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8 “small museums” of Rome with free admission

8 "piccoli musei" di Roma ad ingresso gratuito

8 museums in Rome are completely free of charge: Villa di Massenzio, Museo Barracco, Museo delle Mura, Museo Carlo Bilotti, Museo Napoleonico, Museo Pietro Canonica, Museo della Repubblica Romana e della memoria garibaldina, Museo di Casal de ’Pazzi.

From the evocative archaeological area of the Villa di Massenzio to the valuable sculptures preserved in the Museo di Scultura Antica Giovanni Barracco nearby Piazza Navona. From the walkway, the towers and the stories contained in the Museo delle Mura, to the works of de Chirico, Severini, Warhol, Rivers and Manzù housed in the Museo Carlo Bilotti di Villa Borghese.

These are just some of the small venues with free admission, but other passions and curiosities can be satisfied by continuing to follow the most fascinating itineraries of the City.

For instance, the path that from the gardens of Villa Borghese leads to the House-Museum of the sculptor Pietro Canonica, immersed in the fin-de-siècle spirit, or the one for the history lovers, in the Museo Napoleonico with its the precious 19th century collections.

 

Carlo Bilotti is a museum of contemporary art based in the Villa Borghese Orangery. It houses paintings, sculptures and watercolors from the collection donated by the Italian-American entrepreneur and collector Carlo Bilotti, which includes works by Giorgio De Chirico, paintings by Gino Severini, Andy Warhol and Larry Rivers and a sculpture by Giacomo Manzù.

On the top of the Gianicolo Hill, theater of the tormented struggles of the Roman Republic in 1849, it is possible to relive those tragic days through the immersive narration of the Museo della Repubblica Romana e della memoria garibaldina.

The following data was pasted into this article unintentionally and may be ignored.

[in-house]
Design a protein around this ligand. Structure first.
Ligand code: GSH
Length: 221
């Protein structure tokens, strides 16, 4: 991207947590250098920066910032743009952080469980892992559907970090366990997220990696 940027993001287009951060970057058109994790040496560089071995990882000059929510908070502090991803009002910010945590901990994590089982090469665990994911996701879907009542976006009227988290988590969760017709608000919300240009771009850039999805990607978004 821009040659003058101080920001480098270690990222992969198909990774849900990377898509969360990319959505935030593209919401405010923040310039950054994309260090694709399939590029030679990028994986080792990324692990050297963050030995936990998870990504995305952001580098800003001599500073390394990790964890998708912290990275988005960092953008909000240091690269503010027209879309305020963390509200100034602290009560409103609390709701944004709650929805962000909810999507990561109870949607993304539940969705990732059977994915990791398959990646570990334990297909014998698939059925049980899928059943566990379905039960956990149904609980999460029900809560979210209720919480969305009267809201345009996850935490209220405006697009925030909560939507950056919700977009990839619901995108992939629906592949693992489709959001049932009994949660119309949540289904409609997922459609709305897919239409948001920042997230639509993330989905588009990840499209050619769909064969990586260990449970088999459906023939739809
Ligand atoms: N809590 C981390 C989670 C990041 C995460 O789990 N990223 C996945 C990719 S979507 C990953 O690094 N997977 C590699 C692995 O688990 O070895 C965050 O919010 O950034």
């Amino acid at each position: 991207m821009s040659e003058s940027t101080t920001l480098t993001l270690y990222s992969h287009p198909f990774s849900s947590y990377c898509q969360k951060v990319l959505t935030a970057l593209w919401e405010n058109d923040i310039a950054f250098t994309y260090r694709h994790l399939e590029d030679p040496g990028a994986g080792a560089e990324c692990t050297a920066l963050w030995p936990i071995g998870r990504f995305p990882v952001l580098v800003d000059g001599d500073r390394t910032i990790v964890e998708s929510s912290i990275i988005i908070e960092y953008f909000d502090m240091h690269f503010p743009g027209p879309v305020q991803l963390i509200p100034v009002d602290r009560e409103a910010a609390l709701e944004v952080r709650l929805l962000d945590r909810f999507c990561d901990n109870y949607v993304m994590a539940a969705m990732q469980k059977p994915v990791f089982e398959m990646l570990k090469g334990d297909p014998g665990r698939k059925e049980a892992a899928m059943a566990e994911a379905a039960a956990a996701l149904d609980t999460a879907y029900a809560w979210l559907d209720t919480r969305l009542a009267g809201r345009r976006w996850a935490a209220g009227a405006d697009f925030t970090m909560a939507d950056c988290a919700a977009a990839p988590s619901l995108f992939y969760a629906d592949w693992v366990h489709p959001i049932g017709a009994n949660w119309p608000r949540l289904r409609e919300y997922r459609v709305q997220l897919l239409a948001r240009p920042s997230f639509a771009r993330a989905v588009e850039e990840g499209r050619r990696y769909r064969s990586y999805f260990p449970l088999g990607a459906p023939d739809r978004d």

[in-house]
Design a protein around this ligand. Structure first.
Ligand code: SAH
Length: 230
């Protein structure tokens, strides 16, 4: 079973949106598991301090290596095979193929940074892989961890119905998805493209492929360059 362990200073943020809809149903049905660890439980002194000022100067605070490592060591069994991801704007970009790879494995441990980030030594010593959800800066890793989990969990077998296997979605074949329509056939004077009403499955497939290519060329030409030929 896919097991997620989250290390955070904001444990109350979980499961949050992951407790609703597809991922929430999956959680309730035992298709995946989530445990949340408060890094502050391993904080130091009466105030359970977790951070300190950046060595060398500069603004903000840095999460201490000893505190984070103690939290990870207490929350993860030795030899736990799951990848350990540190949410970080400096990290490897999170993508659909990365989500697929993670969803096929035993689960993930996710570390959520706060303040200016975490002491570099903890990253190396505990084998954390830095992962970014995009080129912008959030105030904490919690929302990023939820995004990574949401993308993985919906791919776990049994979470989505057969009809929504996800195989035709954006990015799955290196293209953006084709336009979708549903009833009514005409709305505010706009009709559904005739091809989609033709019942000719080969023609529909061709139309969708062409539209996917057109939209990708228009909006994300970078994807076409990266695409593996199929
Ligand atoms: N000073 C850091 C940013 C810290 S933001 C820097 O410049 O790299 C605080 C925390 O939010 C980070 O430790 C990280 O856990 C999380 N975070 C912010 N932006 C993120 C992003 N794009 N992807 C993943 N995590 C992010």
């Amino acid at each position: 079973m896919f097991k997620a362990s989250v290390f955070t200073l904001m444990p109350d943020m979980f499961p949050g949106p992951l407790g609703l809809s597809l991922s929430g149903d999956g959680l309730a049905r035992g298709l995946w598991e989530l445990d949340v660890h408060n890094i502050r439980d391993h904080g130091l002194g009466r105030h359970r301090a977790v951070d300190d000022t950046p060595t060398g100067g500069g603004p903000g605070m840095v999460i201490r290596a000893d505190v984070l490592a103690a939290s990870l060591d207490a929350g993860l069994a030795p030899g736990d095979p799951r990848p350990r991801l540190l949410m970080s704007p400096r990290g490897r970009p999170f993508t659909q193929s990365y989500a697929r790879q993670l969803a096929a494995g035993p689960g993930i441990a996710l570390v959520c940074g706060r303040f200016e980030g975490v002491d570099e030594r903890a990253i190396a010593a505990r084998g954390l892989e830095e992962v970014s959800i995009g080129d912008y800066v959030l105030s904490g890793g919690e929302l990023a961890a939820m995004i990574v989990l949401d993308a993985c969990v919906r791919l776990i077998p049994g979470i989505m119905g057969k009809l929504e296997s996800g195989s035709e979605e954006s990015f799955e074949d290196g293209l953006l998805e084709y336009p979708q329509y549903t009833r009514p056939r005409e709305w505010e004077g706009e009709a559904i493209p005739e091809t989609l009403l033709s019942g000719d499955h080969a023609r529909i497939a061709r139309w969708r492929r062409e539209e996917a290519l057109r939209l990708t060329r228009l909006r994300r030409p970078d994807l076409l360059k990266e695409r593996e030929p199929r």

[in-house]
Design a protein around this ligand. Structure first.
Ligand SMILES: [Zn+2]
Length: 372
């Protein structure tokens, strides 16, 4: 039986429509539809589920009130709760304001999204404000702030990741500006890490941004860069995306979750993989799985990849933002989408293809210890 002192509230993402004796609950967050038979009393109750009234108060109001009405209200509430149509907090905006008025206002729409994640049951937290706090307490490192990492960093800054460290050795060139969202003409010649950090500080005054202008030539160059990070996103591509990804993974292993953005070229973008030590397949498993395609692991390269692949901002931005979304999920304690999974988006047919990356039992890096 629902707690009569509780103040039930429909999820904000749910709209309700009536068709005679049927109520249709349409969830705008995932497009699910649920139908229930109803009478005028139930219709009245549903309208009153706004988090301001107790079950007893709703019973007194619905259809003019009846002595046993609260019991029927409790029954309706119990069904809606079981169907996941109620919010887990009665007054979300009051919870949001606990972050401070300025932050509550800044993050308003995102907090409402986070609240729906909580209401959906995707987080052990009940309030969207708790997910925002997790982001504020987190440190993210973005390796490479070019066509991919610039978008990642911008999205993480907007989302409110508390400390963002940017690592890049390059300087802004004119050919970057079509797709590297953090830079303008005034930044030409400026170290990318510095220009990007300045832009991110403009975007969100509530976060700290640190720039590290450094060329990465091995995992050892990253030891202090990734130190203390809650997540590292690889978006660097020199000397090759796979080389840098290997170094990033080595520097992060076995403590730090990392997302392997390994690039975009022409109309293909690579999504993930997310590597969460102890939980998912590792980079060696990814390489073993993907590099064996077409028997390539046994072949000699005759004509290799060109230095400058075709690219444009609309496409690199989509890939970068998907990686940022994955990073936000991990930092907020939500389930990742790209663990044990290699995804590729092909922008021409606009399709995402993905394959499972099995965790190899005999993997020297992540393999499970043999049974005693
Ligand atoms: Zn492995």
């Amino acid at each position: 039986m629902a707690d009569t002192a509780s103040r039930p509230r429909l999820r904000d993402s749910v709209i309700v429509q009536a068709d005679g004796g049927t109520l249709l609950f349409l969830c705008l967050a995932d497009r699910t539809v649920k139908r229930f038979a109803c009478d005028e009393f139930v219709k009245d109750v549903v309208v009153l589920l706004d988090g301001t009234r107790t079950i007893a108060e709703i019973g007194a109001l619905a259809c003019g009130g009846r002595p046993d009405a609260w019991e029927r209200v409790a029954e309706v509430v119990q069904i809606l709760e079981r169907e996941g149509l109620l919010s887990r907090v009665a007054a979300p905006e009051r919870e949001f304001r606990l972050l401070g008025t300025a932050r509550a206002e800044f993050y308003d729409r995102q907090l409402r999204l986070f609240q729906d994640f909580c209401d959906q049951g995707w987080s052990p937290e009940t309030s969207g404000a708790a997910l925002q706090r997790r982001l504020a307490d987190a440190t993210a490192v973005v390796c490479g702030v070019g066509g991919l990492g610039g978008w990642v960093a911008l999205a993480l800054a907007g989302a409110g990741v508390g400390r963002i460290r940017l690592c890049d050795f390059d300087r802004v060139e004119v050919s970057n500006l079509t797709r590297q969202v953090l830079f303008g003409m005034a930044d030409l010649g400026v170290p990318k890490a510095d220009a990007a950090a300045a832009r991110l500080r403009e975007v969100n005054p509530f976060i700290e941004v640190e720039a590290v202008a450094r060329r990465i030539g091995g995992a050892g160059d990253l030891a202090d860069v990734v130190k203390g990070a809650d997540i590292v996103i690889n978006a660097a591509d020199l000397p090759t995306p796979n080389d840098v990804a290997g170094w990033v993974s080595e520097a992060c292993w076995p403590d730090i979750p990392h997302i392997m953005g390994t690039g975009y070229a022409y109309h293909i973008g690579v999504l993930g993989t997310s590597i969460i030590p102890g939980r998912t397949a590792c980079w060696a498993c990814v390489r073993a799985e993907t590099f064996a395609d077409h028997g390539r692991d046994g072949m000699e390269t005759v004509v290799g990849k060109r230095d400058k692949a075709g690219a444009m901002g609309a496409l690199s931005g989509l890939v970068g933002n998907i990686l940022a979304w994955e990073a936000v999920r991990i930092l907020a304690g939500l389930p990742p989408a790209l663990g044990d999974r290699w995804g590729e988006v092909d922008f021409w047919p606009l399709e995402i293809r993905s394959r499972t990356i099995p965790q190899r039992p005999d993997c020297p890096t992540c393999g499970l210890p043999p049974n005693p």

The Villa di Massenzio, Emperor Maxentius’ residence, located between Mile II and Mile III of the Appian Way, is certainly one of the most extraordinary archaeological complexes of the Roman suburbs and includes a well preserved circus and the dynastic Mausoleum of Maxentius, also known as Tomb of Romulus from the name of the young son of the emperor who was presumably buried here.

Returning towards the city centre, at Porta San Sebastiano, the visit to the Museo delle Mura offers the opportunity to learn, with the help of models and didactic panels, the transformations of the Aurelian Walls through the centuries, but also the historical events and figures that took place and lived in these spaces. Extremely suggestive is the path inside the walkway and the towers rising every 30 meters.

An authentic new era is on display at the Museo di Casal de’ Pazzi, realized after the discovery of an elephant tusk in 1981 during the urbanization works in the Rebibbia area. An archaeological survey on an area of over 1,200 square meters brought to light an ancient riverbed. During the excavations more than 2,000 animal fossils were discovered, belonging to now extinct species such as the ancient elephant, the uro, the hippopotamus, the rhinoceros, but also a human skull fragment and over 1,500 flint artefacts that testify to the contemporary presence of men.

We return to the city centre with the Museo di Scultura Antica Giovanni Barracco. On display, an extraordinary collection of ancient sculptures assembled between the end of the 19th century and the beginning of the 20th by Giovanni Barracco, a Calabrian baron. The museum hosts 400 works of art and high quality fragments of Egyptian, Assyrian, Cypriot, Etruscan, Greek and Roman origin, together with some examples of medieval art.

In addition to the  permanent collection, each museum hosts temporary exhibitions, often with a close connection to its specific features.

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